Associations are always in the market for volunteers. But as you probably know all too well, volunteers can be difficult to come by.

If your volunteer program needs a little love (and really, just more bodies), take a step back and ask yourself these four questions:

1. Who makes up our primary volunteer base?

When evaluating a program of any kind, it’s always wise to start off by looking at what you do have. (Chances are, you’re not starting off from scratch.) Who are your primary volunteers? Are they young professionals looking to pitch in and get some hands-on experience? Are they long-term members who’ve been with your association (and in the industry) for a while? What’s the common thread? Is there one?

Start by identifying that, then build upon it if you can. Can you create a campaign targeting that particular demographic? Or at the very least, can you create some kind of appreciation program (if you don’t already have one) for those existing volunteers? That’s your foundation. Nourish it, then build upon it.

2. Are we targeting retired members?

Too often, associations focus exclusively on their current member base. And while that should be your primary focus, it may not need to be your only one, particularly if you have a shortage of volunteers.

Think about former members who are now retired. Are they involved in your association in any shape or form? Could they be potential candidates for volunteer opportunities? Retired members have a lot going for them: They know the industry well and likely are passionate about it; If they had a successful career, they may be inclined to give back; They have a lot of free time that many up-and-coming professionals don’t.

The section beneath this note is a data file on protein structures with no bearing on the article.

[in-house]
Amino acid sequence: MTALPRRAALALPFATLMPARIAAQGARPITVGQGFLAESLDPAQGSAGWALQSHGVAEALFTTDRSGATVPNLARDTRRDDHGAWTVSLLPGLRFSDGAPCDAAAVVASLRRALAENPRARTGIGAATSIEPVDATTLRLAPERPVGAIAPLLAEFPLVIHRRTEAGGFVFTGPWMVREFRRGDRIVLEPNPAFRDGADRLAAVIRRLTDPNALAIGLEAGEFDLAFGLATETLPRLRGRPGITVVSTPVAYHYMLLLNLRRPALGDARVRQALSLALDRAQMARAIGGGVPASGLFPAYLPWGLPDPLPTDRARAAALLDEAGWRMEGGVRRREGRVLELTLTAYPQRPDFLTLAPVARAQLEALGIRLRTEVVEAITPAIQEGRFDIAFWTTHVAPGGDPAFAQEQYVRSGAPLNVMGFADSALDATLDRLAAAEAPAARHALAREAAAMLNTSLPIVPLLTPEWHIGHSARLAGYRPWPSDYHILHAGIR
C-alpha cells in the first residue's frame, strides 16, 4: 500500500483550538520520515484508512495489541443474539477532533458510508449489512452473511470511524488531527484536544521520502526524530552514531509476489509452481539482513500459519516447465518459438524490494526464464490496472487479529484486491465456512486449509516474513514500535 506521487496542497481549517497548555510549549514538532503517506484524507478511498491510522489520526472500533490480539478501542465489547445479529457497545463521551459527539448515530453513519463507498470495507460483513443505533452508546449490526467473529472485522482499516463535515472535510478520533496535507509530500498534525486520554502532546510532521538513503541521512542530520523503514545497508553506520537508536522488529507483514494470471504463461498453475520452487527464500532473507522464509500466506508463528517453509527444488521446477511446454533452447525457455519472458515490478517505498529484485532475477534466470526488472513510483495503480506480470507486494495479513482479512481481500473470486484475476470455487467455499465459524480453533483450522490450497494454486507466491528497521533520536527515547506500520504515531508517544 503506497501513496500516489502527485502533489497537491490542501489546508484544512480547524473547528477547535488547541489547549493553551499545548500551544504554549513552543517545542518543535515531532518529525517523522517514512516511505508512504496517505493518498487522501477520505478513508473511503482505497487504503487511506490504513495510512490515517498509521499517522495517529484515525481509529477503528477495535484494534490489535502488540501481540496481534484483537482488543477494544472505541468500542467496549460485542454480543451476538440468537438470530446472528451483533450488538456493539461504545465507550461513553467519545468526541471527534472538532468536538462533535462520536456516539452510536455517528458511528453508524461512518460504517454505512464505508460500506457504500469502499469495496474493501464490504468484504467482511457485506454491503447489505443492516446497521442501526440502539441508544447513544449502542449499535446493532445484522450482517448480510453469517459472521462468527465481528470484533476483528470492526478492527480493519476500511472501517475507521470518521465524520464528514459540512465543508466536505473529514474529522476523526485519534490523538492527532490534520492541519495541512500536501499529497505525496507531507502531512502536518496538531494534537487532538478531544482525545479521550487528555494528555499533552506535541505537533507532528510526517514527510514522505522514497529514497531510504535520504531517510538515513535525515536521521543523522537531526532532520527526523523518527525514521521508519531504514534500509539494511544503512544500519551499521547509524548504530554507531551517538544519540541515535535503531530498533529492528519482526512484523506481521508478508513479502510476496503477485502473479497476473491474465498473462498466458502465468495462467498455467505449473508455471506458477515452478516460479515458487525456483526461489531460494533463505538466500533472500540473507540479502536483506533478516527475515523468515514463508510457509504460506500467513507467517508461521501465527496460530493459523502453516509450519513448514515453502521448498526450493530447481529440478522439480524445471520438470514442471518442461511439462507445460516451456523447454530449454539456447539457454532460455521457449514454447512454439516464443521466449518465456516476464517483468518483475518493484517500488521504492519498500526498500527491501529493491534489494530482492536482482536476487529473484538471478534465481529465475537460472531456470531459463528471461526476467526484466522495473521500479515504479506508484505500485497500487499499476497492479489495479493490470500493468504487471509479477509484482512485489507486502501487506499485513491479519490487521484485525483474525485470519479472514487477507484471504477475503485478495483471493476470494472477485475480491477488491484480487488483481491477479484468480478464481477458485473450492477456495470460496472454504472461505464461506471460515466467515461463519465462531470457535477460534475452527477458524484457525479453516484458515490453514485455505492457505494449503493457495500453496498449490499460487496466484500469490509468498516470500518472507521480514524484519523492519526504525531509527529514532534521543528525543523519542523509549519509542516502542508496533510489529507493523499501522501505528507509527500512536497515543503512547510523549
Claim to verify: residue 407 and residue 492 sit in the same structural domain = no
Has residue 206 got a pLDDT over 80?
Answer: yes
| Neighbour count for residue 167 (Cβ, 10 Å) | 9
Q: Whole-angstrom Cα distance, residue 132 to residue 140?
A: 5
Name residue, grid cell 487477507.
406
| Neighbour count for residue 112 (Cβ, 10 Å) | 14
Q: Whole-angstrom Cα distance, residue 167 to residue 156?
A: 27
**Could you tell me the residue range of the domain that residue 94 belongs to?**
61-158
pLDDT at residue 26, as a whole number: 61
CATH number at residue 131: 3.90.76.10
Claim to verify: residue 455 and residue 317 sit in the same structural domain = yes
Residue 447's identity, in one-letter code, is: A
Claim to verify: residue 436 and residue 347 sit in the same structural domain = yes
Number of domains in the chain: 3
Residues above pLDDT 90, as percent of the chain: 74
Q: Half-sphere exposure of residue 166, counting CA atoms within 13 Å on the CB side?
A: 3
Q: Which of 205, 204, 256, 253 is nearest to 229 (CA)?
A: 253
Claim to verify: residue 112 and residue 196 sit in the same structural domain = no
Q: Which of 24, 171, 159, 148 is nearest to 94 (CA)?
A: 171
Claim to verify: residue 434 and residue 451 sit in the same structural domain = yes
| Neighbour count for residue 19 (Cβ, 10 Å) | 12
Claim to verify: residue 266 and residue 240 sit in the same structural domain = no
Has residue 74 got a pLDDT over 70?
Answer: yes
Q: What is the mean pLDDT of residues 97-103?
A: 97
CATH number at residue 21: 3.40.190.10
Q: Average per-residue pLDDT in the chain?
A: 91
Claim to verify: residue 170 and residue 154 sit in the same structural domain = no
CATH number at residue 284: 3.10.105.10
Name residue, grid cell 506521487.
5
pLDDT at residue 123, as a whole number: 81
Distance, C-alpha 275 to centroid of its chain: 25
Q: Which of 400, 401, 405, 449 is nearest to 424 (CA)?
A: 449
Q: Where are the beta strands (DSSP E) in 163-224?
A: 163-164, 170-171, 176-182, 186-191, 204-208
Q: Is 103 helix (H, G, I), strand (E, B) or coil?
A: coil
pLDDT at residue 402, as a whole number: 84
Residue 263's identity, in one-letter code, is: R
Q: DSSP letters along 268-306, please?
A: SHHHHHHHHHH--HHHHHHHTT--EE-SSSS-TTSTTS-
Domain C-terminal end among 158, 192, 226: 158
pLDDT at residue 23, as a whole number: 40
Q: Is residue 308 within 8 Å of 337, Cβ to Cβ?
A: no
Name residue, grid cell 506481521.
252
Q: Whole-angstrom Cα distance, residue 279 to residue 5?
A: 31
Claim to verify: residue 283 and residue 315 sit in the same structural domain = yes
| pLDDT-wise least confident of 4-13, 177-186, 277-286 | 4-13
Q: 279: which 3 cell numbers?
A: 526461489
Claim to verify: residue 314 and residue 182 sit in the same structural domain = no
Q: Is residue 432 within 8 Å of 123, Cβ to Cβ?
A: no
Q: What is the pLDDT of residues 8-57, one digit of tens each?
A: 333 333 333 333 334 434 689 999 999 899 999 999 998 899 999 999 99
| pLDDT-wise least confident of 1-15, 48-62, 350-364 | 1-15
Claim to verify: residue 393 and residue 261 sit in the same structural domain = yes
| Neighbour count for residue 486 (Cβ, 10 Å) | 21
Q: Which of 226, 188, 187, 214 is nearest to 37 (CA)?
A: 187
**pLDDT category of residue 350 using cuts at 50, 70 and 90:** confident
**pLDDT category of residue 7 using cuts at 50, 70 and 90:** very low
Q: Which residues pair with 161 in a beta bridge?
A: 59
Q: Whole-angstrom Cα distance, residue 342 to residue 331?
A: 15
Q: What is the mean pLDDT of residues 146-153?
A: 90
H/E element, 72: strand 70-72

That could be a huge opportunity for your association! Consider putting together a campaign targeting your retired members and asking if they’d be willing to get re-involved. You may need to offer some kind of incentive, but if you approach this correctly, you could wind up with a few extra hands on deck.

Note: This may go without saying, but to boost the likelihood of retired members volunteering, make sure you’re offering plenty of age-appropriate opportunities. (Manual labor and anything involving extreme temperatures may not be the best way to go.)

3. What “red tape” might potential volunteers currently run into?

If you want the green light on more volunteers, you have to stop and think about what organizational “red tape” may currently exist. What might potential volunteers run into that might deter them from actually volunteering? What’s the sign-up process like on your website? Is there a volunteer section with opportunities listed? Are those opportunities descriptive? (In other words, will volunteers know exactly what they’re getting themselves into? How much time is involved, how long the project is expected to take, how many other volunteers will be participating, etc.) What might be intuitive to you might be confusing or unclear to others – meaning hesitation when it comes to signing up.

Our recommendation to you: Have someone outside your organization go through this process. Ask them to go to your website and search for volunteer opportunities (and apply!). Whatever troubles they run into or questions they have, jot those down and make edits accordingly. Removing red tape often increases activity.

4. Are we offering enough (or any) virtual volunteer opportunities?

You probably list your volunteer opportunities online, but how many of those opportunities can actually be completed online? If members always have to physically show up somewhere, you could be turning off some potential candidates, who’d rather complete projects in their own space and in their own time.

What types of virtual volunteer opportunities could you offer? Writing opportunities (for your newsletter, blog, etc.), social media involvement, design opportunities, photo editing, etc. Any project that you could complete online, a volunteer probably could too. (Take some things off your plate!)

Finding volunteers – and keeping them – is tough. For more tips and tricks on creating and sustaining a strong volunteer program, check out our Ultimate Guide to Volunteer Management below!